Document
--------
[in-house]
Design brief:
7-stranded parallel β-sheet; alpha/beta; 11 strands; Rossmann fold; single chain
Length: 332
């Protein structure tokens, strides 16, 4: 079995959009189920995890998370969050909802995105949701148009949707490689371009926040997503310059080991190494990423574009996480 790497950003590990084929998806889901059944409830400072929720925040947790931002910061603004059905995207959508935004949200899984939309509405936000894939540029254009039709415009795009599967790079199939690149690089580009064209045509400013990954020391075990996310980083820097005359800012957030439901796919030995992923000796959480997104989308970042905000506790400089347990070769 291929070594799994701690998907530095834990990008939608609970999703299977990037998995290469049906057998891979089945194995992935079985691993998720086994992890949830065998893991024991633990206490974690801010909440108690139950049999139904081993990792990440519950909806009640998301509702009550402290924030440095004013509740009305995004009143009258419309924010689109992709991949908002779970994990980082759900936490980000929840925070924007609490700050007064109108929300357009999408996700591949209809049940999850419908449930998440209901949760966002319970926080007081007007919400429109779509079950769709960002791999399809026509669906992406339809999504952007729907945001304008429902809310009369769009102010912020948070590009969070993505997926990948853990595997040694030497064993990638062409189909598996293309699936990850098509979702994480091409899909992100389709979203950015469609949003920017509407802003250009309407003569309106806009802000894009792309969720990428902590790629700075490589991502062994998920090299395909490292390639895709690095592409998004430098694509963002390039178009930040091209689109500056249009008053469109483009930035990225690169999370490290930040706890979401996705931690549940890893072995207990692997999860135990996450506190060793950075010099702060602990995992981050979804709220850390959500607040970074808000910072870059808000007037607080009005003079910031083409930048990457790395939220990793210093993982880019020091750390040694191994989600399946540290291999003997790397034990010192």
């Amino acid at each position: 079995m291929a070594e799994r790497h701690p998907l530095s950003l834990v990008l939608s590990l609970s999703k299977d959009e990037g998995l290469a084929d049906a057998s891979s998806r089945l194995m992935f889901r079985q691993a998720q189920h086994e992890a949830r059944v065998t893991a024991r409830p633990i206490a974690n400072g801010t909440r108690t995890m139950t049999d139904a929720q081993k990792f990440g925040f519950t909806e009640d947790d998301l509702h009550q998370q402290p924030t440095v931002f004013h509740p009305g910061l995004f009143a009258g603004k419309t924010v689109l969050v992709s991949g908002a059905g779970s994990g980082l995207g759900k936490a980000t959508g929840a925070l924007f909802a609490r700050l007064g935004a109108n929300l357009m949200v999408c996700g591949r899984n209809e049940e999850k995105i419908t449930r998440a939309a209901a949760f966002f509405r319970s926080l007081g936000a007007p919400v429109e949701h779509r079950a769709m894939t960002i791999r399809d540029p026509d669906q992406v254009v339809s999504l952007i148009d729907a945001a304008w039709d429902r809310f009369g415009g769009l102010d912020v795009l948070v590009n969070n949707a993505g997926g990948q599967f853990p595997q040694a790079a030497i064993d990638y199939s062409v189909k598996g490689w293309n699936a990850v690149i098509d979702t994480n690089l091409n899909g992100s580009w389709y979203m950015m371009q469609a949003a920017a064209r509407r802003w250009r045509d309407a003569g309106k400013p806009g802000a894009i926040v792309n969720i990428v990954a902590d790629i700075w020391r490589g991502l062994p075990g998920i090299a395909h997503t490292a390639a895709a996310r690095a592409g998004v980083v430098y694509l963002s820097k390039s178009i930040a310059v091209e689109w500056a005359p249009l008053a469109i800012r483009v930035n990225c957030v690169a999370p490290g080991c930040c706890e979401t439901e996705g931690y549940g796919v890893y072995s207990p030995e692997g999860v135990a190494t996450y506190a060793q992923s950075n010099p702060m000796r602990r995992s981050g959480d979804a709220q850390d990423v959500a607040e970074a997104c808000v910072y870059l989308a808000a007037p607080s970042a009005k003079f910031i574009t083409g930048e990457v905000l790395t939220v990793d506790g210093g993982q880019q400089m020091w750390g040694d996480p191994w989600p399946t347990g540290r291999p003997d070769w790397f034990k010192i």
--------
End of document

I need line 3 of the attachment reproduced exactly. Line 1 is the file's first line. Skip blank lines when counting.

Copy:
7-stranded parallel β-sheet; alpha/beta; 11 strands; Rossmann fold; single chain